Few players of any sport get to pursue their collegiate athletic careers in their own back yards, much less in a league like the ACC.
Ara Amirkhanian is the exception. A local kid who grew up dreaming of playing for the home town Clemson men’s soccer program, he’s now doing exactly that as a junior midfielder/forward and one of the Tigers’ key attacking threats.
Having scored Clemson’s second goal in a 2-0 win over ACC-foe and 15th-ranked Virginia, Amirkhanian stood on historic Riggs Field following the match, and noted that his family home is in walking distance.
“I could run to my house right now,” said Amirkhanian, who played his prep soccer at nearby Daniel High, where he was an All-Region and All-State selection before officially stepping on campus three years ago. “I’ve been going to games here since I was five-years-old, and it’s always been my dream to play here. It’s amazing. I remember all of it, from watching Wolde Harris play in the late nineties, to that great team in the mid-2000s.”
Though a natural midfielder, Amirkhanian possesses attacking skills that have also served him well up-top. This season and through the Tiger’s perfect 4-0 start, he’s the team’s second-leading goal-scorer, and last season proved his nose for goal in big games by scoring game-winners against N.C. State and Virginia, and also netting against No. 2 Maryland in an ACC Tournament semifinal.
“Ara scores big goals at big times, and I’m just really proud of how he’s continued to progress as a player,” said Clemson coach Mike Noonan. “He puts himself in good positions, and every game he plays he gets better and better.
“It’s a great story. His dad was a professor here in the engineering department, and was one of the first people that I met when I got here. Ara’s story is pretty special, and I’m proud when he scores big goals, and I’m proud of his maturity. He’s a straight-A student, and he does a lot of really good things.”
A health science major who last year was named to the ACC Academic Honor Roll, Amirkhanian has been on-hand to experience Noonan’s overhaul and restoration of a once-dominant program that had fallen on hard times. By realizing a team-goal of getting off to a good start against strong competition, the Tigers recently climbed to No. 9 in the national rankings.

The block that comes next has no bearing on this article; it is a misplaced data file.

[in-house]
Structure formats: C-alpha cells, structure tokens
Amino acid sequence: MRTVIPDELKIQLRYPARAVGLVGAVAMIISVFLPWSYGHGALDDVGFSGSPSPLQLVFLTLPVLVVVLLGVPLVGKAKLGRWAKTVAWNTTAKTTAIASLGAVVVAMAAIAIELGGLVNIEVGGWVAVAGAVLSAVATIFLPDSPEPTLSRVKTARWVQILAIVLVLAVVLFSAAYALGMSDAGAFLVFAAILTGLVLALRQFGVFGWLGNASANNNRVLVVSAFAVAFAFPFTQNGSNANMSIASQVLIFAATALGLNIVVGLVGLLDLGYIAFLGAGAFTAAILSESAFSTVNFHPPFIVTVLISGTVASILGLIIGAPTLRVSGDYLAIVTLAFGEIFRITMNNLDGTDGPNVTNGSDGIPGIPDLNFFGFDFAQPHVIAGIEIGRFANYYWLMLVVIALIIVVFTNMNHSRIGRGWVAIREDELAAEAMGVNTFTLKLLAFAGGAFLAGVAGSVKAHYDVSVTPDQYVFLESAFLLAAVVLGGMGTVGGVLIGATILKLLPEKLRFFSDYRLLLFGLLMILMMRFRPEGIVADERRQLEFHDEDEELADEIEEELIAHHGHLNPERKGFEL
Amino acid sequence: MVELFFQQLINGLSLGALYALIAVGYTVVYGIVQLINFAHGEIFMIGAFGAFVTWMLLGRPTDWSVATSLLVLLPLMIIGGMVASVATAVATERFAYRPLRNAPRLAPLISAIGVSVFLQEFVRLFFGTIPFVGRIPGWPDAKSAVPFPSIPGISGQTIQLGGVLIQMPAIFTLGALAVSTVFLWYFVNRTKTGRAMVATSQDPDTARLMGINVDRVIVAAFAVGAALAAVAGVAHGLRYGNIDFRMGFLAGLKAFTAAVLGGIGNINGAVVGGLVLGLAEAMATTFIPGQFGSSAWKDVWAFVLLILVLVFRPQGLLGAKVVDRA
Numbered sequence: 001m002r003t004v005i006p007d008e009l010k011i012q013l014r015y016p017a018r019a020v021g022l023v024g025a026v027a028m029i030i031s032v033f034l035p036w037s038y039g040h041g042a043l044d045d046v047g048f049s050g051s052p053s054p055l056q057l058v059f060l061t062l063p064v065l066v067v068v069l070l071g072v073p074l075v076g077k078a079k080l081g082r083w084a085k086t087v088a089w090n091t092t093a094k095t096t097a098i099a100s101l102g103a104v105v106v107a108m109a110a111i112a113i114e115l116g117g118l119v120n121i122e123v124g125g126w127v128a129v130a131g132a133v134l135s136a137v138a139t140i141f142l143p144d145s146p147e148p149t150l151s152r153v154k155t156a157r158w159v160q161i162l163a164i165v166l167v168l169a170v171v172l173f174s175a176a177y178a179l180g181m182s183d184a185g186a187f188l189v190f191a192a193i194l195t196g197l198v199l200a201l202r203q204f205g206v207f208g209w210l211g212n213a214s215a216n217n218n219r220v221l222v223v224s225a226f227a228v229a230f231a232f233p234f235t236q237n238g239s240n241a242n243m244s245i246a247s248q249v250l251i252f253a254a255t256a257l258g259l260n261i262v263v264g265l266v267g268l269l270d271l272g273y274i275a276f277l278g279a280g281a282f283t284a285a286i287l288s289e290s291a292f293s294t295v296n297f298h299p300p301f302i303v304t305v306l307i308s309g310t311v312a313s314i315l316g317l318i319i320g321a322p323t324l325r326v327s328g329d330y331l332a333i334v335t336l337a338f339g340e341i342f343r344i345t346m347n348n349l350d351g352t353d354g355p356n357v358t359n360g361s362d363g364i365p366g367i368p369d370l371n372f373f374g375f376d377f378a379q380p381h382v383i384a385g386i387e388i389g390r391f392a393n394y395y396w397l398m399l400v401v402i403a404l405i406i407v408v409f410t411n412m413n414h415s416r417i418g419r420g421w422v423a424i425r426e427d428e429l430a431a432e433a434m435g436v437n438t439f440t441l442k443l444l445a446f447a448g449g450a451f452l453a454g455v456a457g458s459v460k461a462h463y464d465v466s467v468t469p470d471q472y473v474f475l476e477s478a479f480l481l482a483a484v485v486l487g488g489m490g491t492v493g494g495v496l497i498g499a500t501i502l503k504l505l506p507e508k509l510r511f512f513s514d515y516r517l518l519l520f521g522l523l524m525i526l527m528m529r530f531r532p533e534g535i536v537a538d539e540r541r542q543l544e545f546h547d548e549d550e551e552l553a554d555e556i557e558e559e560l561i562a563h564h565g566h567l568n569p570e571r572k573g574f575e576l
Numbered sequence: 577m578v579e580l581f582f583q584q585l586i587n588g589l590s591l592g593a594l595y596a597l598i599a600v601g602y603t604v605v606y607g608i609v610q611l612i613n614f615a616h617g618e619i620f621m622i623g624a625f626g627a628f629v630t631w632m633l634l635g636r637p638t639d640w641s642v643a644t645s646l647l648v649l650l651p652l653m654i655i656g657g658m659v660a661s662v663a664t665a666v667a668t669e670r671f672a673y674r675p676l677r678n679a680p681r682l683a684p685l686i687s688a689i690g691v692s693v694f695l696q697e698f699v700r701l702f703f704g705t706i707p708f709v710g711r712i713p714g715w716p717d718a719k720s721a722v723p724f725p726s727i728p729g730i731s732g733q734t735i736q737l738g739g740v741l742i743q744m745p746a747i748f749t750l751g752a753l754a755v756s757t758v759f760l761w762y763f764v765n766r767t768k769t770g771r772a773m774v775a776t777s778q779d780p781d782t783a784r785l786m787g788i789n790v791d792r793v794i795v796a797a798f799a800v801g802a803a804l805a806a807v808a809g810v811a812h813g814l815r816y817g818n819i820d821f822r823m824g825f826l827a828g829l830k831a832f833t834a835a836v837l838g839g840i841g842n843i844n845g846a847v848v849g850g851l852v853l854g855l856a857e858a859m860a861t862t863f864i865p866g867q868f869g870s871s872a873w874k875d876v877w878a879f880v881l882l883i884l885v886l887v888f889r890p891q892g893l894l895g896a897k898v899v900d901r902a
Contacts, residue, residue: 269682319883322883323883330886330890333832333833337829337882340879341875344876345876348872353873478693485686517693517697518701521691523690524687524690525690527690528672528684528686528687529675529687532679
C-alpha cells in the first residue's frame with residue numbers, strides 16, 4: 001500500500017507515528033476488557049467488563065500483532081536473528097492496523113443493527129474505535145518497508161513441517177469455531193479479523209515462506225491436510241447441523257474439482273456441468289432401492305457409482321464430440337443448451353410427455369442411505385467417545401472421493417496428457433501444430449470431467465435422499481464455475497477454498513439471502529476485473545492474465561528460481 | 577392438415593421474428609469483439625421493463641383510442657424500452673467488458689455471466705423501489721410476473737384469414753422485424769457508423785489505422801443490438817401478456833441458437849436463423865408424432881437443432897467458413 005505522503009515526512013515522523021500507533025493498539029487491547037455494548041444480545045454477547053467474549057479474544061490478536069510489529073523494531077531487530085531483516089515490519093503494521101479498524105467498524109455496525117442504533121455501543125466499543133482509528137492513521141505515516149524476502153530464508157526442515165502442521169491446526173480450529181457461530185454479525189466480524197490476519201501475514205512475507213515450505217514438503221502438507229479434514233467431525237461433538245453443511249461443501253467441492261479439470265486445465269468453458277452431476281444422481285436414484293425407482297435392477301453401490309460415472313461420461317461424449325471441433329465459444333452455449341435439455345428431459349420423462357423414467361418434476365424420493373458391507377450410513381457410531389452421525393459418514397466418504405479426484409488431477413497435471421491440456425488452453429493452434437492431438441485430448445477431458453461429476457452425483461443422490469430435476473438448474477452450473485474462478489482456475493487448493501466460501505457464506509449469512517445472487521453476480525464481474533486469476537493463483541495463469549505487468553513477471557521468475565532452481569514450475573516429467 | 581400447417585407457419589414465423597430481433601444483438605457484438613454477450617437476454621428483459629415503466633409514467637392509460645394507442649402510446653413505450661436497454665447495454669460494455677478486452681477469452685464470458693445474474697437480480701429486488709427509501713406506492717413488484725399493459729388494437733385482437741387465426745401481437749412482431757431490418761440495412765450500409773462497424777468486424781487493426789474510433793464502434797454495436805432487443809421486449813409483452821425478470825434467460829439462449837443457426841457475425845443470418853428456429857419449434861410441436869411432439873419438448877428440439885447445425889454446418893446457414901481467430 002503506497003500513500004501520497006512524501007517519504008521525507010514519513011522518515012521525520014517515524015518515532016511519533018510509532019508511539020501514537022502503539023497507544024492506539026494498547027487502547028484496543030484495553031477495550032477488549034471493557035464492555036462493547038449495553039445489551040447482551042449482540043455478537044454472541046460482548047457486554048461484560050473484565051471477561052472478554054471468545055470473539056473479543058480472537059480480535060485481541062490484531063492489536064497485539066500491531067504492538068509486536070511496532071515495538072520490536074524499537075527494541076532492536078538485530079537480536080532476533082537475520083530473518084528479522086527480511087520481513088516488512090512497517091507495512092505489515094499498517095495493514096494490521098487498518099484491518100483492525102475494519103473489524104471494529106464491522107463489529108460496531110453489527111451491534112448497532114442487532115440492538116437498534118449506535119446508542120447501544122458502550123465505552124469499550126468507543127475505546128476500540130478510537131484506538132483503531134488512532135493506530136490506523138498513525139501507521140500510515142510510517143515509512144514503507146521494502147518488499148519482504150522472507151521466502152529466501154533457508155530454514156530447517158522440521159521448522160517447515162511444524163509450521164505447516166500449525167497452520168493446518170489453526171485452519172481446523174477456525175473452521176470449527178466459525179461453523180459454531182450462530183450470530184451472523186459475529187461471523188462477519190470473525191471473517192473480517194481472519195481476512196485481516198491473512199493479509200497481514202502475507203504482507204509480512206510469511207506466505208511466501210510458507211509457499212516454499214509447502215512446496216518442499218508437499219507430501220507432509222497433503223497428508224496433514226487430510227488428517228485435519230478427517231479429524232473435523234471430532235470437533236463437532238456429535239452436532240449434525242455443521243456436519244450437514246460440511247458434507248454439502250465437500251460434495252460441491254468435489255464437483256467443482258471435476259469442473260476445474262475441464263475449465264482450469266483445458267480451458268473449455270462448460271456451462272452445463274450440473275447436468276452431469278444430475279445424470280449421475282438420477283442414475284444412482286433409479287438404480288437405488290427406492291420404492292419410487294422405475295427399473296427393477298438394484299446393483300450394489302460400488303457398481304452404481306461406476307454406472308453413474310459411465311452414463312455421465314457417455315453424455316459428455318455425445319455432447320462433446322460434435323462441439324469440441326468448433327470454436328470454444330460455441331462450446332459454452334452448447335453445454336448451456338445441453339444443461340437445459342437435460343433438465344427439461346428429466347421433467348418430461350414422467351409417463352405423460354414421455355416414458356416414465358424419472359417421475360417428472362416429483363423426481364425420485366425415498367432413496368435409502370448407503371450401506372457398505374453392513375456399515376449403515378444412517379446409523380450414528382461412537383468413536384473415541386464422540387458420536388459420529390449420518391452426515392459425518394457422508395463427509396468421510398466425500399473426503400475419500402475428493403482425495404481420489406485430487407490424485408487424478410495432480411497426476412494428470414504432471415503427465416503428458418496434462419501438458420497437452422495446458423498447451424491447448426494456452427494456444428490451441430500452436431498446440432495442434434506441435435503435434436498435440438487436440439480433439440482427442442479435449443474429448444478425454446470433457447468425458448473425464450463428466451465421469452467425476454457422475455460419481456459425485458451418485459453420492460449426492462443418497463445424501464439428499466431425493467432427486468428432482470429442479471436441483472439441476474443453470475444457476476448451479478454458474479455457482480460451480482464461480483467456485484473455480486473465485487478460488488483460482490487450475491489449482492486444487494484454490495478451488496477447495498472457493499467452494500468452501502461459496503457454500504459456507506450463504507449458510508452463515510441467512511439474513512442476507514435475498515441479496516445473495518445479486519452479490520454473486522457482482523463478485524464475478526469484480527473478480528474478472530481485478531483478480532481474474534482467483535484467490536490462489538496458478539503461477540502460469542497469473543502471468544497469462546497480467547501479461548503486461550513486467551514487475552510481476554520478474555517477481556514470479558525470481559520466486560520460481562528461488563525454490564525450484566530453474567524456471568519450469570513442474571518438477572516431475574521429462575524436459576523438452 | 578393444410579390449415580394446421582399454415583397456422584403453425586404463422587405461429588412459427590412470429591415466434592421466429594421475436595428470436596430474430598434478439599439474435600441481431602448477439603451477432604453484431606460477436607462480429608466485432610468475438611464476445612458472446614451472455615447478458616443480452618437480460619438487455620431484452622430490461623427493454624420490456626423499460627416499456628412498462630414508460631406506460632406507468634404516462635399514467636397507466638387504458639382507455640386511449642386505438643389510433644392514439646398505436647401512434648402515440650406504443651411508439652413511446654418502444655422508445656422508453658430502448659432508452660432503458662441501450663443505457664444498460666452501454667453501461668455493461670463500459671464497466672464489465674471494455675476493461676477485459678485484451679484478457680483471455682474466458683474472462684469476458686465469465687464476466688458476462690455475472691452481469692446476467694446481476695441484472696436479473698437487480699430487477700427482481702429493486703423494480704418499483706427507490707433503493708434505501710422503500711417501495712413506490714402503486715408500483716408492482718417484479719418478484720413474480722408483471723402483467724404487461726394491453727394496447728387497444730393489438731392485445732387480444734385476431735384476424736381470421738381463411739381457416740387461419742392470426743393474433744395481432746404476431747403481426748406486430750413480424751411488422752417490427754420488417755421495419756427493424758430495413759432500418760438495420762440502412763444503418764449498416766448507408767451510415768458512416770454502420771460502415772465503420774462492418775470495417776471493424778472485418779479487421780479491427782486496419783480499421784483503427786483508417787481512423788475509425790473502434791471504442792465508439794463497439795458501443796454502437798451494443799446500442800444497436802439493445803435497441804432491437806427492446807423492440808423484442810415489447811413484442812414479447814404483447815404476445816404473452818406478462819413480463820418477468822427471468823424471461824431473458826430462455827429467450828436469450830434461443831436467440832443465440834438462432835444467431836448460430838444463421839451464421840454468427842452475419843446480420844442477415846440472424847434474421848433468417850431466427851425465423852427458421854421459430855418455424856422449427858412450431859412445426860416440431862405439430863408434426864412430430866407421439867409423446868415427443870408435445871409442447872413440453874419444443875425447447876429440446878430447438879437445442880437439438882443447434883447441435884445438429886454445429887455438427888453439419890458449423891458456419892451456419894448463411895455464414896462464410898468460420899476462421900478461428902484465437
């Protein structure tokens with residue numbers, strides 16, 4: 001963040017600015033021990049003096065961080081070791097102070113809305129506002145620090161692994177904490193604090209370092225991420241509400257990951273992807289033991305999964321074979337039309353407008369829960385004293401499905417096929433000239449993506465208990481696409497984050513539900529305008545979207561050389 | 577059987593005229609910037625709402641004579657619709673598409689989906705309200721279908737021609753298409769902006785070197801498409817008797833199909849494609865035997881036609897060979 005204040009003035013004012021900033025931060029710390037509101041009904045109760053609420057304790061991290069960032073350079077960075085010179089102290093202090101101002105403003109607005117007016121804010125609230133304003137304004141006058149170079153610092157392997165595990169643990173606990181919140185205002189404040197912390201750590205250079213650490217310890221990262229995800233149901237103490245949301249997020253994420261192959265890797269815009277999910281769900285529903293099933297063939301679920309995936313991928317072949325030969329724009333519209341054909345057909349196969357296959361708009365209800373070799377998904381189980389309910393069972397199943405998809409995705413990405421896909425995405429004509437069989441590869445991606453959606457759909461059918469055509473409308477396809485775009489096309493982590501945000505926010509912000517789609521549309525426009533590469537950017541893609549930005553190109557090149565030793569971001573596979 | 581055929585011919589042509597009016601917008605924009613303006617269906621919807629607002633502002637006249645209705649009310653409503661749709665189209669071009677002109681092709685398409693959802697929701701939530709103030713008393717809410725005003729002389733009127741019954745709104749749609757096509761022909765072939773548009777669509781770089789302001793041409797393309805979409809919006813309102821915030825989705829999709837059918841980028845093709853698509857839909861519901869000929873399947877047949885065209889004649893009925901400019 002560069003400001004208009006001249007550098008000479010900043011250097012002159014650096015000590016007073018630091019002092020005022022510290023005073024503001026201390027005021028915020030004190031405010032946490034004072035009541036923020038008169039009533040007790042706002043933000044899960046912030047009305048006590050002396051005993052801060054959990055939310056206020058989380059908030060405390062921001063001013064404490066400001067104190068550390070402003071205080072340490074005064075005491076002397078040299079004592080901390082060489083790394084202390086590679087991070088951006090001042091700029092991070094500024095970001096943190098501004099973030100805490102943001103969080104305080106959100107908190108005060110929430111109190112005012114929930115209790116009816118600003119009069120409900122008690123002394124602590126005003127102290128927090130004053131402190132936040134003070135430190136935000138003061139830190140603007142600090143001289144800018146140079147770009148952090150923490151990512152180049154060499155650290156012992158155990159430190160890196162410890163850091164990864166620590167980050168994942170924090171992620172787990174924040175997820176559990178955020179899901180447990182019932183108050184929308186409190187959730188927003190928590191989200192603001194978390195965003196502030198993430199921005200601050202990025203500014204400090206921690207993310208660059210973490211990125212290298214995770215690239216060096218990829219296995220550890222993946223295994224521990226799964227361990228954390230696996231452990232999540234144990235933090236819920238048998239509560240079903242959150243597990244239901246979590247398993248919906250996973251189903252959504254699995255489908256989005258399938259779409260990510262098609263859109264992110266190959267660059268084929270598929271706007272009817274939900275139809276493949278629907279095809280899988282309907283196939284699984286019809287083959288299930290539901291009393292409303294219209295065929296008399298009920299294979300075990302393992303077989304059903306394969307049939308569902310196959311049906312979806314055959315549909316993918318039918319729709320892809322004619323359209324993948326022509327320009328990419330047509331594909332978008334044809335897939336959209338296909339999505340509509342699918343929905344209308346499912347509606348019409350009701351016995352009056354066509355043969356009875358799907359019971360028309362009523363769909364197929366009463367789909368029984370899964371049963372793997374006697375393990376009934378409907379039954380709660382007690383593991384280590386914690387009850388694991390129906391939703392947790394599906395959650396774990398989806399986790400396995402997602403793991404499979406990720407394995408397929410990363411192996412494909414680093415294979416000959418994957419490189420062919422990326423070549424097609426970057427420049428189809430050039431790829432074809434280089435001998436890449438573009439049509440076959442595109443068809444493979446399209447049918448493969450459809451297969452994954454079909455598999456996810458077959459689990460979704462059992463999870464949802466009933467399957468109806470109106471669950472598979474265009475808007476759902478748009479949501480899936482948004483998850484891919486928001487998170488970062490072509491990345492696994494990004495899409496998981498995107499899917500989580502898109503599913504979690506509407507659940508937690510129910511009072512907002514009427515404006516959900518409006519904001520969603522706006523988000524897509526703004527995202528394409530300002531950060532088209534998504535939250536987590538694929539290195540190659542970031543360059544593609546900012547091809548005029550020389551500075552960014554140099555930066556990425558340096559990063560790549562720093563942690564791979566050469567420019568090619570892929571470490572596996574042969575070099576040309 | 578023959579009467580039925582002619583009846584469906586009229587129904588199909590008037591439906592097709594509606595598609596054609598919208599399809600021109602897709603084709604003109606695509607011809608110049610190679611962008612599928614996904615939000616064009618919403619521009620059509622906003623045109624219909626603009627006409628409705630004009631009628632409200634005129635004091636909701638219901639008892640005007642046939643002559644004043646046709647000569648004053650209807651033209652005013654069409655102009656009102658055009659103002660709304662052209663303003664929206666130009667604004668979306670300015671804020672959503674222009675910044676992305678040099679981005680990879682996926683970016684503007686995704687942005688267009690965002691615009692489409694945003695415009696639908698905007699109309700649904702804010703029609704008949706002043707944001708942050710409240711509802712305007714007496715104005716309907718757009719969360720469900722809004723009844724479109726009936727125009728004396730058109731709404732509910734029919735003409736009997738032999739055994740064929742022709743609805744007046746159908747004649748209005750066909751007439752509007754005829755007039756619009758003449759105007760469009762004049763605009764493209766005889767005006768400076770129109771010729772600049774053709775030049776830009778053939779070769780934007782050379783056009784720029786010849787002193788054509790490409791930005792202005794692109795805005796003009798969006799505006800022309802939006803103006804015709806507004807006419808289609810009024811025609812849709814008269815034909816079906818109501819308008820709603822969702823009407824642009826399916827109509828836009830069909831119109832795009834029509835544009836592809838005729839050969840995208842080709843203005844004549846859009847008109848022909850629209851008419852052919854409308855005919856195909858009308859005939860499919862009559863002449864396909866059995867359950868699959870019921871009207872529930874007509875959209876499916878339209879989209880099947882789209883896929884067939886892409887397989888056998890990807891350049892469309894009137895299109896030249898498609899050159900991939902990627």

“One of our goals this season was to have a 4-0 start,” said Amirkhanian. “Going into other ACC games, we just need to concentrate on having that complete second-half, because we didn’t have a complete game against Virginia, and didn’t play that well in the second-half. So we’ll keep working on that, and if we have more complete games, we can take care of tough teams in the ACC.”
Beyond the fact of a high-profile recruiting class and an injection of talent, the difference for the Tigers as Amirkhanian sees it is in the team’s much-improved mentality.
“It’s strictly the mentality,” said Amirkhanian. “I mean we do have a strong freshman class, and better players, but the mentality is really the biggest thing. Everyone’s competing in practice and there’s more of a winning mentality on the field, so it’s a change in the story, and that’s our motto.
“In the past, the culture here hasn’t been very strong, but we’ve been changing that and getting everybody’s mind-set right with a strong mentality. There was a lot of fitness work this summer. It’s probably the most we’ve ever done. Our strength coach is working with us on a new program, and that’s been since the end of May. So that’s made a difference, especially. Plus, we’ve tried to incorporate our style of play coming off the spring.”
With respect to the recent facility upgrades at Riggs, the Tigers take pride in what Amirkhanian perceives as a very special playing environment
“Oh, my gosh, this is an incredible stadium,” he affirmed. “It’s probably one of the best in the country. I haven’t seen a better stadium for college soccer, so it’s an incredible venue, and it gives us motivation to protect this place. We haven’t done that in the past, so we want to leave a legacy of strong-minded individuals who can take care of business, and on Riggs, especially.”